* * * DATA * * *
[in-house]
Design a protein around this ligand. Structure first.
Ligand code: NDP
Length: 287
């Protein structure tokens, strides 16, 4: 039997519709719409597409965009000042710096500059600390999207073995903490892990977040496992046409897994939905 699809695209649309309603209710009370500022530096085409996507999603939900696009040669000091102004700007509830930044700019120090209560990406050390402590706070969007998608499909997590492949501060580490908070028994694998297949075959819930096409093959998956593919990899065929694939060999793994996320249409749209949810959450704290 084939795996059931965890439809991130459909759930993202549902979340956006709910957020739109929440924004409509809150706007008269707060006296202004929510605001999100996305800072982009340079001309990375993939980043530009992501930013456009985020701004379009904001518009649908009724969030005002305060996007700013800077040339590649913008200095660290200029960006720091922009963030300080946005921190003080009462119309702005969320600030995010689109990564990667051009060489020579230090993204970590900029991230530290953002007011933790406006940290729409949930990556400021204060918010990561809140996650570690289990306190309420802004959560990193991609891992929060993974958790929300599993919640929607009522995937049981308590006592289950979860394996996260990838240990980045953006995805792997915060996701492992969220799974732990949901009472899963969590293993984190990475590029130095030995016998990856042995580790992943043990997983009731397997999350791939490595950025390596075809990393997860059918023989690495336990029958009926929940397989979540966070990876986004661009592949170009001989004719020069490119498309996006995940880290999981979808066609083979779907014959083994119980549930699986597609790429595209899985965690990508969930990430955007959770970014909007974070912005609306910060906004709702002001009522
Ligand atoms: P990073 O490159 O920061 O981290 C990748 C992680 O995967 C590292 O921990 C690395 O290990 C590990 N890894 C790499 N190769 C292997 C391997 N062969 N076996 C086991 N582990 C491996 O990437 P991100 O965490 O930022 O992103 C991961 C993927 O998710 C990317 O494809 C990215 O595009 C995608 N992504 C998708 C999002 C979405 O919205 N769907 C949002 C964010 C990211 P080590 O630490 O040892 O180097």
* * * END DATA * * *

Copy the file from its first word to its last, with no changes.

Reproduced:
[in-house]
Design a protein around this ligand. Structure first.
Ligand code: NDP
Length: 287
């Protein structure tokens, strides 16, 4: 039997519709719409597409965009000042710096500059600390999207073995903490892990977040496992046409897994939905 699809695209649309309603209710009370500022530096085409996507999603939900696009040669000091102004700007509830930044700019120090209560990406050390402590706070969007998608499909997590492949501060580490908070028994694998297949075959819930096409093959998956593919990899065929694939060999793994996320249409749209949810959450704290 084939795996059931965890439809991130459909759930993202549902979340956006709910957020739109929440924004409509809150706007008269707060006296202004929510605001999100996305800072982009340079001309990375993939980043530009992501930013456009985020701004379009904001518009649908009724969030005002305060996007700013800077040339590649913008200095660290200029960006720091922009963030300080946005921190003080009462119309702005969320600030995010689109990564990667051009060489020579230090993204970590900029991230530290953002007011933790406006940290729409949930990556400021204060918010990561809140996650570690289990306190309420802004959560990193991609891992929060993974958790929300599993919640929607009522995937049981308590006592289950979860394996996260990838240990980045953006995805792997915060996701492992969220799974732990949901009472899963969590293993984190990475590029130095030995016998990856042995580790992943043990997983009731397997999350791939490595950025390596075809990393997860059918023989690495336990029958009926929940397989979540966070990876986004661009592949170009001989004719020069490119498309996006995940880290999981979808066609083979779907014959083994119980549930699986597609790429595209899985965690990508969930990430955007959770970014909007974070912005609306910060906004709702002001009522
Ligand atoms: P990073 O490159 O920061 O981290 C990748 C992680 O995967 C590292 O921990 C690395 O290990 C590990 N890894 C790499 N190769 C292997 C391997 N062969 N076996 C086991 N582990 C491996 O990437 P991100 O965490 O930022 O992103 C991961 C993927 O998710 C990317 O494809 C990215 O595009 C995608 N992504 C998708 C999002 C979405 O919205 N769907 C949002 C964010 C990211 P080590 O630490 O040892 O180097």